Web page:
Vladimir Socor writes that
Increasing direct evidence as well as strong circumstantial evidence suggests that the air attack on Georgia’s upper Kodori Valley during the night of March 11-12 was carried out by Russian helicopters. An investigative report is due for release in the next few days under a United Nations imprint. The political issue at hand is whether the UN would, as usual, seek to obscure Russia’s responsibility.
Two or three helicopters violated Georgia’s internationally recognized air space over the upper Kodori Valley that night, flying in from Russia’s Karachaevo-Cherkessia region. The helicopters, apparently of the Mi-24 type, fired at least 20 guided projectiles, damaging the local government headquarters, a school, and some other civilian administration buildings in several villages. The damaged building in the village of Chkhalta is shared by the government office and a school.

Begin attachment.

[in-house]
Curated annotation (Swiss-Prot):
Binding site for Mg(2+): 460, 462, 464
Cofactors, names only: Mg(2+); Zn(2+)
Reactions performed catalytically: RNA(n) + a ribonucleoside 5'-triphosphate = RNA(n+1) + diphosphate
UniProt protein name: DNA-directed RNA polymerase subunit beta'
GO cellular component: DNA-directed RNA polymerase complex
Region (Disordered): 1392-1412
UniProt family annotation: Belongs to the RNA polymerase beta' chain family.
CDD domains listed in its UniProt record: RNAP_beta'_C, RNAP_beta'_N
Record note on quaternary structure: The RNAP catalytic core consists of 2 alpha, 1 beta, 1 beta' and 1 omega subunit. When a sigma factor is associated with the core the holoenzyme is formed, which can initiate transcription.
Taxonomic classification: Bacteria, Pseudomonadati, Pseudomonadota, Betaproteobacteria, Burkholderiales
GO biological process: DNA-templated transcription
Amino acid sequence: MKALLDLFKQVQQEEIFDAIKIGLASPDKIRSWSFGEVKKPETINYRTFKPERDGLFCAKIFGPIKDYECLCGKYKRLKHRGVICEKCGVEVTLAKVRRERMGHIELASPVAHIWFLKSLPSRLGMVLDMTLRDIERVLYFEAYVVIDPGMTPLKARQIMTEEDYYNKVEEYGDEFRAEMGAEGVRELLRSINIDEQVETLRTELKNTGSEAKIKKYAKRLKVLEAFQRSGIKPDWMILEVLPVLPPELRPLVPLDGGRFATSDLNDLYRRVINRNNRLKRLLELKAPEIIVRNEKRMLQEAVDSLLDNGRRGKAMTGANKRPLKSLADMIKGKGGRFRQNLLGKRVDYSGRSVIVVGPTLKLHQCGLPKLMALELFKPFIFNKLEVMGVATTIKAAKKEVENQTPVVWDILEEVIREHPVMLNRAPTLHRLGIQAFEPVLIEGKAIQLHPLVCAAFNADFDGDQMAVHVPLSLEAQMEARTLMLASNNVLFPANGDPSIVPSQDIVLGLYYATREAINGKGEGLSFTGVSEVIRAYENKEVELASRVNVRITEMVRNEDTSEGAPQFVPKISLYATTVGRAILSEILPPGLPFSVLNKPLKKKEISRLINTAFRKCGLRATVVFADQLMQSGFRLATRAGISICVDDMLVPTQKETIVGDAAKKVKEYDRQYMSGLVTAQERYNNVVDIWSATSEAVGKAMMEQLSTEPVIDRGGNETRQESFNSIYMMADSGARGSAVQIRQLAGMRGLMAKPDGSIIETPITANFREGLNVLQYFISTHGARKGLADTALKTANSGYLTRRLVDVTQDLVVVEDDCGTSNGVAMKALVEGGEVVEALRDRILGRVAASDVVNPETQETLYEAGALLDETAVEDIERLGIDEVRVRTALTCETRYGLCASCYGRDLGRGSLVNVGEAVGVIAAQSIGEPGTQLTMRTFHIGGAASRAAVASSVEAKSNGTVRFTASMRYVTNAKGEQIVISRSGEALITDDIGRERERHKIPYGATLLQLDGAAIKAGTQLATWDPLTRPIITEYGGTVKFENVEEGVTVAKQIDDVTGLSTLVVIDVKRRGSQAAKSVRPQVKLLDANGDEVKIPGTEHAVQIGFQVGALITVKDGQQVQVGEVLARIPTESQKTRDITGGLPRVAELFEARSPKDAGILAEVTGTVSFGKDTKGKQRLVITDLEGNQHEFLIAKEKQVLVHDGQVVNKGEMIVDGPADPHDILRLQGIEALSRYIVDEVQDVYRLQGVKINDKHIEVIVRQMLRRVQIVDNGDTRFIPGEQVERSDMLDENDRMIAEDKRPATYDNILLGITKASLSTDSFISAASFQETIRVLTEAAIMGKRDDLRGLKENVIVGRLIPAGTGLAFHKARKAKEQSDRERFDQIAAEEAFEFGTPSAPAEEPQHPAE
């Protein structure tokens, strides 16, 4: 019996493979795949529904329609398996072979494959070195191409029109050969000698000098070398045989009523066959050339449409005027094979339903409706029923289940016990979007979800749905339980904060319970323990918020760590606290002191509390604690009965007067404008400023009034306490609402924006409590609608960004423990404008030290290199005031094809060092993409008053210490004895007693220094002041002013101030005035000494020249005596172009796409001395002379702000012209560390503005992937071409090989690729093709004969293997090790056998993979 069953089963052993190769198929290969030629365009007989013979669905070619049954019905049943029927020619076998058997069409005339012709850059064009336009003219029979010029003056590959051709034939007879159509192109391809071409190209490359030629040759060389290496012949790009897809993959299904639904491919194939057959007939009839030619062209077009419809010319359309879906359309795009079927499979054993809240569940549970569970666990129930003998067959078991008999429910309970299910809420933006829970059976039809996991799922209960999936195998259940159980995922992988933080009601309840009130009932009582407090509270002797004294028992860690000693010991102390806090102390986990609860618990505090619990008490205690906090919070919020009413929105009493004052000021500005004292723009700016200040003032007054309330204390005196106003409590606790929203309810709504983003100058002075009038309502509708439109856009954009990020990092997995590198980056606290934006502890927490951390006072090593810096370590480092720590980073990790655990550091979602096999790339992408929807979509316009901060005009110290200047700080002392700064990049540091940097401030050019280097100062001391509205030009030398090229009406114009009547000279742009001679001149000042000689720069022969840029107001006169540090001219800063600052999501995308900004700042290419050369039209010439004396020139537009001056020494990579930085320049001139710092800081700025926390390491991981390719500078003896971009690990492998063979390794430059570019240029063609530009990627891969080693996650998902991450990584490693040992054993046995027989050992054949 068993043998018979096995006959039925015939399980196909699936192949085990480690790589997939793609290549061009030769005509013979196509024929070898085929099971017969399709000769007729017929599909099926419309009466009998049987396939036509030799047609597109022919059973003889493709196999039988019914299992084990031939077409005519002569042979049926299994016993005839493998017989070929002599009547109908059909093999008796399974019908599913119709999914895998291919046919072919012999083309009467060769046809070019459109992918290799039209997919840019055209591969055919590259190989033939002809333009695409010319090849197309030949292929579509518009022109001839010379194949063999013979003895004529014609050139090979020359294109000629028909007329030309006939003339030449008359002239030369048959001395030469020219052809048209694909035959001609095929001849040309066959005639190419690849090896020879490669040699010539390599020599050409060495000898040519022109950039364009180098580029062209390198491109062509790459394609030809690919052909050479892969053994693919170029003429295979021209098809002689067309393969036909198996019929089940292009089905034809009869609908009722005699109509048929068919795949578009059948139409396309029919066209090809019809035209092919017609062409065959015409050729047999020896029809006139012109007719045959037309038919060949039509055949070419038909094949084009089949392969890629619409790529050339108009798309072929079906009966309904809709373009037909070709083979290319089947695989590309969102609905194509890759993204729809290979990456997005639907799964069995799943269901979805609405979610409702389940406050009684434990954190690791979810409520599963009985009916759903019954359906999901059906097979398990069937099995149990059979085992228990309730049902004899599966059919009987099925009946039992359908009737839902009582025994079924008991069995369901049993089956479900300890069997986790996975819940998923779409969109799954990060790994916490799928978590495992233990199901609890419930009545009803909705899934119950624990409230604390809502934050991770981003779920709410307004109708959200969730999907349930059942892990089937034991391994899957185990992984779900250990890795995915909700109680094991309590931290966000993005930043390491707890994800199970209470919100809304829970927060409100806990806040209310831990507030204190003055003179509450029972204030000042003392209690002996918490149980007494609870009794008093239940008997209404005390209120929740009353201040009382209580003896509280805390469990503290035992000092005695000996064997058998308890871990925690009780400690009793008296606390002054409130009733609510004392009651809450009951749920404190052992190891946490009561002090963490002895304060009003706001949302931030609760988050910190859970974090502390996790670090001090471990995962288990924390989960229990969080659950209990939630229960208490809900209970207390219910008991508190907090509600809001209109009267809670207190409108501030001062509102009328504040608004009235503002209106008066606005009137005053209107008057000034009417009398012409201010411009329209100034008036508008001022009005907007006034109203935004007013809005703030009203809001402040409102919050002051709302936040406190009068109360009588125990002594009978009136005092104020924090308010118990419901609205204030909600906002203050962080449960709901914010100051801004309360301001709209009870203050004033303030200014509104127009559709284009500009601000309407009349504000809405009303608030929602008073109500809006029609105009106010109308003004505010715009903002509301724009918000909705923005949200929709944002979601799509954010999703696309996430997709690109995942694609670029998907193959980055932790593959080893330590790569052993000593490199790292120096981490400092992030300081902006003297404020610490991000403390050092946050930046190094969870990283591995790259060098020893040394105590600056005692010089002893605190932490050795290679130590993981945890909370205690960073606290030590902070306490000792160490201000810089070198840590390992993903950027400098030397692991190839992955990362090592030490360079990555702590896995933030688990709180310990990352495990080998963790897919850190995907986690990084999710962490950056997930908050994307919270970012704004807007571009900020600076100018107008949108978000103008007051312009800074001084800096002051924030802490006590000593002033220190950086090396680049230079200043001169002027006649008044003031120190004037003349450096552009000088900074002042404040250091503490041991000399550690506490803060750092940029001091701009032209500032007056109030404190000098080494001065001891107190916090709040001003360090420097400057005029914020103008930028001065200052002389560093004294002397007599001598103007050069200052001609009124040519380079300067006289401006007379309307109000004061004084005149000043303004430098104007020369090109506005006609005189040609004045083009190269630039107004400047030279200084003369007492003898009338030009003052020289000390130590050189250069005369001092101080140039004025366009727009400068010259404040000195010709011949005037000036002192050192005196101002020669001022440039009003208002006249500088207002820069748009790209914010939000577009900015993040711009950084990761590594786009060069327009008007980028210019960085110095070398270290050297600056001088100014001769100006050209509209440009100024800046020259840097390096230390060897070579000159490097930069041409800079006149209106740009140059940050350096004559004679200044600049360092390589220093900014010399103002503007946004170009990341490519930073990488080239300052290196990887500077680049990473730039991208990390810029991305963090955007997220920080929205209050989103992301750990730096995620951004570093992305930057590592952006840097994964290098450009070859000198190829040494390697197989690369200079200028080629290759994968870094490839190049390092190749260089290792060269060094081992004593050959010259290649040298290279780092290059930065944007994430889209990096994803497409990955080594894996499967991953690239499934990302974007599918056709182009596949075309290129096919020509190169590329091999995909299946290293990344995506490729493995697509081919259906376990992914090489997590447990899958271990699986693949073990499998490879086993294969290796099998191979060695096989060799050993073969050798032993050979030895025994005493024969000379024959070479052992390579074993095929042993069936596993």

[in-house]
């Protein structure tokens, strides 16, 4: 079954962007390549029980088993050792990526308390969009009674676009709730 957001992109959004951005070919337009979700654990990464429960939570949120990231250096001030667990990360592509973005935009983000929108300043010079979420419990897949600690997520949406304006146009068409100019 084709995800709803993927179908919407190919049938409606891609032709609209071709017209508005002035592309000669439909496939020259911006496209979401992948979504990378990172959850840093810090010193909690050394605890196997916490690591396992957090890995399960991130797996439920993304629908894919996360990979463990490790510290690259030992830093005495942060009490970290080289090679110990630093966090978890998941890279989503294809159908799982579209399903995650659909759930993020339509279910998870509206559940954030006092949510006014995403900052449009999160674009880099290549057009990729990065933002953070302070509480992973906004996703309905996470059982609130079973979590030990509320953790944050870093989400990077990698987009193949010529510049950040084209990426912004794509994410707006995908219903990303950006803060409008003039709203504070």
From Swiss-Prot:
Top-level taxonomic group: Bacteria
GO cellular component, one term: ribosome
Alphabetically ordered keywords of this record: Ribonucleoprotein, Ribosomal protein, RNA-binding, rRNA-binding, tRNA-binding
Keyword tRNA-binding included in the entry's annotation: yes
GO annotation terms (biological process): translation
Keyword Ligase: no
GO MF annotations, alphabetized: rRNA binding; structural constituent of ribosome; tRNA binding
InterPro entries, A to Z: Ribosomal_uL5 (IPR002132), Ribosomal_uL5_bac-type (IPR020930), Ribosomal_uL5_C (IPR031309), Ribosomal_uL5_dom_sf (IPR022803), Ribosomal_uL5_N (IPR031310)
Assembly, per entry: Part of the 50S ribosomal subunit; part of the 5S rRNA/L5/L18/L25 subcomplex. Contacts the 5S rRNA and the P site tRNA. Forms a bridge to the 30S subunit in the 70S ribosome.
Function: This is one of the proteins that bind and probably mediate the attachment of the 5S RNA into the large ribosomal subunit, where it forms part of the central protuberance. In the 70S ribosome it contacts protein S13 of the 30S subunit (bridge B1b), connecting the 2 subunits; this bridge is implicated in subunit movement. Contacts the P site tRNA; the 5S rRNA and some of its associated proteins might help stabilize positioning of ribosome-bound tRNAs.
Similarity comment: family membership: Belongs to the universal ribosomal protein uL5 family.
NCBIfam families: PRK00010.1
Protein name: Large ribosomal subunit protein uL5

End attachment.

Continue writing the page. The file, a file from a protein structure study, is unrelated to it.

Shrapnel from those projectiles was collected after the strikes. Some additional shrapnel seems consistent with a reported strike by a ground-launched unguided rocket from the Abkhaz-controlled lower part of Kodori, which is monitored by Russian “peacekeeping” troops. No human casualties were reported (Rustavi-2 and Imedi televisions, March 12-16).
In two closely related articles for EDM, Socor suggests that one of the main reasons for such attacks is that Moscow resents the relative prosperity that has come to the upper Kodori valley area under Georgian protection, showing up the rest of Abkhazia in an unfavourable light. He also notes that if the United Nations report fails to point out Moscow’s responsibility in the matter, and the UNSC takes Russia’s side as it did in October 2006, the Russian authorities – and particularly the Russian military – may feel emboldened to launch more attacks, increasing the escalation still further.